Global Benefit Chains, Regional Collective Actions and Corporate Sociable Responsibility Article

Business Approach and the Environment

Bus. Strat. Env. 19, 1–13 (2010)

Published on-line in Wiley InterScience

(www.interscience.wiley.com) DOI: 12. 1002/bse. 670

Global Value Chains, Community Collective Action and

Corporate Social Responsibility: a Review of

Scientific Evidence

Philip Lund-Thomsen1* and Khalid Nadvi2

1

Centre for Business and Development Studies, Centre pertaining to Corporate Social Responsibility, Copenhagen Business College, Denmark

2

Institute pertaining to Development Coverage and Supervision, School of Environment and Development, University or college of Stansted, Manchester, UK

ABSTRACT

A vital debate inside the corporate sociable responsibility (CSR) literature is a tension among global challenges and local answers. Developing region suppliers often grumble that CSR conformity adds costs. Yet, regional collective actions, articulated through industry interactions, can potentially keep costs down and enhance local embeddedness of CSR initiatives. Through case study research, this daily news considers just how demands for CSR compliance prompted ordinaire action reactions in picked developing region export industrial sectors. We argue that differences in ordinaire responses can be partially explained by how local export sectors are inserted into global value organizations. We separate ‘highly visible' value organizations, led by simply internationally well known brands as lead firms, and relatively ‘less visible' chains, where external CSR pressures come from many different sources, which include less major lead firms, international/national regulating frameworks and national multimedia. This differentiation suggests a possible trade-off between the independence plus the embeddedness of collective CSR initiatives. Copyright laws © 2010 John Wiley & Sons, Ltd and ERP Environment.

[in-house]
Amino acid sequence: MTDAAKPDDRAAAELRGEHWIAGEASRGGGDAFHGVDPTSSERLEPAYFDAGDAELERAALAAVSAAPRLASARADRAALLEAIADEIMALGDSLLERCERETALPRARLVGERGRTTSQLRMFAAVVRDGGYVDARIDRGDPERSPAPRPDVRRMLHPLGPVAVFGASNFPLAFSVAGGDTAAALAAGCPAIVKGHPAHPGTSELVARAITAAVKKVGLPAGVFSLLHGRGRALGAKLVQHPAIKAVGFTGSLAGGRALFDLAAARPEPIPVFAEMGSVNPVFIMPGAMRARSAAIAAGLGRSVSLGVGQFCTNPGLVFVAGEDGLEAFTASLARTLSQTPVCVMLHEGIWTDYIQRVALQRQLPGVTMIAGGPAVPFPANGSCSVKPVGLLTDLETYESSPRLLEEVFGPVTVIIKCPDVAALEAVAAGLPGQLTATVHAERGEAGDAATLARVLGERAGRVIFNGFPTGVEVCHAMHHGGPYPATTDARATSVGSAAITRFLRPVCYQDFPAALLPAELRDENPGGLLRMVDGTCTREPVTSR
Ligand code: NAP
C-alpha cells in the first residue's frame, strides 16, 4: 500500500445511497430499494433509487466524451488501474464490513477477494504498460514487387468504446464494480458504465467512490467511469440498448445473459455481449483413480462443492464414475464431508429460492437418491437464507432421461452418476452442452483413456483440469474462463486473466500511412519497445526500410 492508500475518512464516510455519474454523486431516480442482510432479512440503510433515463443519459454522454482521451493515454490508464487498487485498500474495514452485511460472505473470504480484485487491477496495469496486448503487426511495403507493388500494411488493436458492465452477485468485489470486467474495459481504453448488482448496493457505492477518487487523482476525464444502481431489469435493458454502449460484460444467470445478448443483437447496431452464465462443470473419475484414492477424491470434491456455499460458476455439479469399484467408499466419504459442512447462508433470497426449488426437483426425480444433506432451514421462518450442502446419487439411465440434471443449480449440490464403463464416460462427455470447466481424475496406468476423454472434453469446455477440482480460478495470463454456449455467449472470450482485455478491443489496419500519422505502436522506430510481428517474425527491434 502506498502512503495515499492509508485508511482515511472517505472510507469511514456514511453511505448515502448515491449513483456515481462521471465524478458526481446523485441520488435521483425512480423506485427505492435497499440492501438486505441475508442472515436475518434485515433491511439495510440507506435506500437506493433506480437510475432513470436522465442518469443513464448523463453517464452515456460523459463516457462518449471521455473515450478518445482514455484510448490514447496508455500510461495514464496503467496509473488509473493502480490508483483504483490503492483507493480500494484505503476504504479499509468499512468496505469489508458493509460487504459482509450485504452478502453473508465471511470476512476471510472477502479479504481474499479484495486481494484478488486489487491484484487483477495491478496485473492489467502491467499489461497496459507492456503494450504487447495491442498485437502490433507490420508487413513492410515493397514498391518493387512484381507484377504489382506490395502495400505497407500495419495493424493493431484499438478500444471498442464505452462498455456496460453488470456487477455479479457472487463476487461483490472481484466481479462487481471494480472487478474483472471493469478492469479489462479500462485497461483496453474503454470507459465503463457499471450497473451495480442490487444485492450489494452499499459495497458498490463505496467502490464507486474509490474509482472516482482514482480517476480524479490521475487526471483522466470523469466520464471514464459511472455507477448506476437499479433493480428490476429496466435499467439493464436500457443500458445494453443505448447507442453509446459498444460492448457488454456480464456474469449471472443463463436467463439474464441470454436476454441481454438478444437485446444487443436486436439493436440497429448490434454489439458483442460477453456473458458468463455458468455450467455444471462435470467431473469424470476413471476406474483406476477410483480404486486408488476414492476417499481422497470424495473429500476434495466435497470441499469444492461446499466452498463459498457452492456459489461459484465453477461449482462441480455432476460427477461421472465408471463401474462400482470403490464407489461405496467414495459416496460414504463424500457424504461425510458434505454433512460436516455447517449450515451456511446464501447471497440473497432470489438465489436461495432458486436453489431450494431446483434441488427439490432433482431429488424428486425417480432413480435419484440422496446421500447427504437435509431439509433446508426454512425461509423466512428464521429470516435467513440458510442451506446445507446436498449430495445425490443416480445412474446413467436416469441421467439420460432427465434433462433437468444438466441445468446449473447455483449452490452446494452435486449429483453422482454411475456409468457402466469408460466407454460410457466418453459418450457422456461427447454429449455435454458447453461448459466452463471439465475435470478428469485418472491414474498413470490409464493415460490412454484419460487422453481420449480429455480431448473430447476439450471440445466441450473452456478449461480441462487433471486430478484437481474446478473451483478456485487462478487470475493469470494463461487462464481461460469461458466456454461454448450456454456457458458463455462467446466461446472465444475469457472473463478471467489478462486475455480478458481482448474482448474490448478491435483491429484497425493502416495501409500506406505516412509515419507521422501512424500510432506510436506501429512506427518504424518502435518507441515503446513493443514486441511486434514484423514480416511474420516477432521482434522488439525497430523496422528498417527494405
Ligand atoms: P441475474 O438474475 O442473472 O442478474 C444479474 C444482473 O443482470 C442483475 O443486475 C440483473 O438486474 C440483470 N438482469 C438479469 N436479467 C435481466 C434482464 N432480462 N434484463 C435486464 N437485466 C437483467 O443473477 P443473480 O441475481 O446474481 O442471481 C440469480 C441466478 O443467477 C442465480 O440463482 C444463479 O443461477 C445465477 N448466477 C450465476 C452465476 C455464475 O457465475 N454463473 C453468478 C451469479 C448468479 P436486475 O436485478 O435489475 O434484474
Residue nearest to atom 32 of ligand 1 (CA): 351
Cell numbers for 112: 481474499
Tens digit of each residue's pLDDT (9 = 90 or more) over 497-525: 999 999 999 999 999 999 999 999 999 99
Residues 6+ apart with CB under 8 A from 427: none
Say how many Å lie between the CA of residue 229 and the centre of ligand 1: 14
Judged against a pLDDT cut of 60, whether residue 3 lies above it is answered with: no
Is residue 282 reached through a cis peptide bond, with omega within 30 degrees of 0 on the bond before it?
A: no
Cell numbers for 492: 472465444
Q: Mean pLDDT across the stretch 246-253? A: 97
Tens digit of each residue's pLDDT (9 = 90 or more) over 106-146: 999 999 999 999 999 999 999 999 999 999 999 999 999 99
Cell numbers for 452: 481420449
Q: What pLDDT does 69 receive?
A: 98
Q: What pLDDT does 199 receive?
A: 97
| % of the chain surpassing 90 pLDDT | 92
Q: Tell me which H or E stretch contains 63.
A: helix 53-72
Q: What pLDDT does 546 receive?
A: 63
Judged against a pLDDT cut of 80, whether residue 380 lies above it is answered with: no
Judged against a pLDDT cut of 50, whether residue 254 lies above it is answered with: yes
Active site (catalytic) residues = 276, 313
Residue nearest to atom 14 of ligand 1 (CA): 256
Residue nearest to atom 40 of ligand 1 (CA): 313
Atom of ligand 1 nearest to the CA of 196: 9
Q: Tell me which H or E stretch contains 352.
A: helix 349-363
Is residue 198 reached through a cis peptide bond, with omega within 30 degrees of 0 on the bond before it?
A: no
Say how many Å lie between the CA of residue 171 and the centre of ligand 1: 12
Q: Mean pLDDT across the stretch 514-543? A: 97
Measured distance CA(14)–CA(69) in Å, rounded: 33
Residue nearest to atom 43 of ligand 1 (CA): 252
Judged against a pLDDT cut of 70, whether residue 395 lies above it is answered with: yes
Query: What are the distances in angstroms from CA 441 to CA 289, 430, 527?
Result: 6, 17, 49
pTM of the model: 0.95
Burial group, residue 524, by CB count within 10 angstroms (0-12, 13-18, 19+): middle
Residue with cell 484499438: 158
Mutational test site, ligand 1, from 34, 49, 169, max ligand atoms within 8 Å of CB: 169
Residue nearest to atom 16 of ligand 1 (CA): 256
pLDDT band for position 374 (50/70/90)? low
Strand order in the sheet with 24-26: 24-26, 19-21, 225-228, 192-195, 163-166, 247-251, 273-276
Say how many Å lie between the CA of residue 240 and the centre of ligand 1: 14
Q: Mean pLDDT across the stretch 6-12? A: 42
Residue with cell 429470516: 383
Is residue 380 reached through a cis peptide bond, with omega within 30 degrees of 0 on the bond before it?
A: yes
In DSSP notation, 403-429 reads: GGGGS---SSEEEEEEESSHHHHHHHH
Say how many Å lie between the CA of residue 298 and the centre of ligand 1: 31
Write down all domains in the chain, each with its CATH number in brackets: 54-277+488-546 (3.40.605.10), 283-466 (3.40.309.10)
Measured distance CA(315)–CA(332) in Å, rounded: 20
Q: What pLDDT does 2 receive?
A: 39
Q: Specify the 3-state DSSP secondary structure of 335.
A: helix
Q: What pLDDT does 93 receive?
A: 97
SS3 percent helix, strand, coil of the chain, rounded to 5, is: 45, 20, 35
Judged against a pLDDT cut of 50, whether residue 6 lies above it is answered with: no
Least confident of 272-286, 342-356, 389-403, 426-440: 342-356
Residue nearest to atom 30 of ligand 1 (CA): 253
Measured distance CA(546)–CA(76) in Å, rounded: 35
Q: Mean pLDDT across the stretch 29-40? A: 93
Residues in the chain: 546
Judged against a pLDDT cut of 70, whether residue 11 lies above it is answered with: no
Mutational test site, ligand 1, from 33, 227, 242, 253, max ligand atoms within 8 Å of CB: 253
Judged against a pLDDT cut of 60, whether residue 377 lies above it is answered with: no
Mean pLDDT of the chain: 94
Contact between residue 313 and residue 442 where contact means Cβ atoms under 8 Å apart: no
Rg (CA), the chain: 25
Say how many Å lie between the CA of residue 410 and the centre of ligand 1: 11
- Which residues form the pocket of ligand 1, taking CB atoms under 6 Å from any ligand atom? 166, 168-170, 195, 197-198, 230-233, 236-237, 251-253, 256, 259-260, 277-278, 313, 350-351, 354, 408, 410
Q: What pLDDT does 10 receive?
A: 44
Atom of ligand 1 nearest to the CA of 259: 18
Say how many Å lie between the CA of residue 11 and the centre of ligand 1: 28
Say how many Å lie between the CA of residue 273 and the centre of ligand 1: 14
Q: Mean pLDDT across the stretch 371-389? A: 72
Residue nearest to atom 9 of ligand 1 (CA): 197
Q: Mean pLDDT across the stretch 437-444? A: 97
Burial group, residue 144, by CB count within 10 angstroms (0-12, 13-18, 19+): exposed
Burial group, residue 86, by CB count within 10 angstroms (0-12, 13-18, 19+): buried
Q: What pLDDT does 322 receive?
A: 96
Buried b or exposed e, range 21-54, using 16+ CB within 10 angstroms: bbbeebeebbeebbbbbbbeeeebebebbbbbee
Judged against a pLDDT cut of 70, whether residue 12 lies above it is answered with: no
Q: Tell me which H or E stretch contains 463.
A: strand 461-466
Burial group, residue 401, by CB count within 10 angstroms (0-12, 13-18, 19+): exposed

Received six February 2009; revised six July 2009; accepted 18 November 2009 Keywords: global value organizations; collective actions; industrial groups; industrial clusters; corporate interpersonal responsibility; growing countries

Introduction

A

And IMPORTANT TREND IN THE LITERARY WORKS ON COMPANY SOCIAL RESPONSIBILITY (CSR) AND INTERNATIONAL creation is the give attention to how small and medium-sized companies (SMEs) inside the developing globe are increasingly confronted with demands to adhere to international work standards and CSR rules as a pre-condition to access created world marketplaces. Proponents of CSR codes emphasize that compliance can easily improve business processes, enhance transparency in global source chain operations and ratchet up social * Communication to: Peter Lund-Thomsen, Connect Professor, Center for Business and Development Studies, Centre intended for Corporate Sociable Responsibility, Copenhagen Business University, PorcelГ¦nshaven 18A, 2000 N, Denmark. E-mail: plt. [email protected] dk Copyright laws В© 2010 John Wiley & Kids, Ltd and ERP Environment

2

P. Lund-Thomsen and K. Nadvi

and environmental standards in the developing world (Jenkins ainsi que al., 2002). Yet, these kinds of codes, which are usually dependant on internationally arranged labour criteria, are also criticized for being created in business headquarters in Europe or North America without the significant insight from the planned beneficiaries, suppliers and staff, in the Global South (De Neve, 2009). Individual global brands insist that their suppliers adhere to their particular unique codes of carry out. This often results in community producers facing multiple, high priced, and at instances contradictory, CSR requirements and audits (Lund-Thomsen, 2008). Consequently, there have been movements towards increased convergence in CSR requirements within and across industrial sectors (Nadvi, 2008). However , it really is unsurprising that numerous developing nation producers truly feel little title for the CSR criteria that their Northern customers press after them. This kind of raises uncertainties about the long-term durability of sociable compliance, specially when sustained pressure from international buyers is usually absent (Barrientos, 2008). Inside the context of the debate about global pressures and local answers around...

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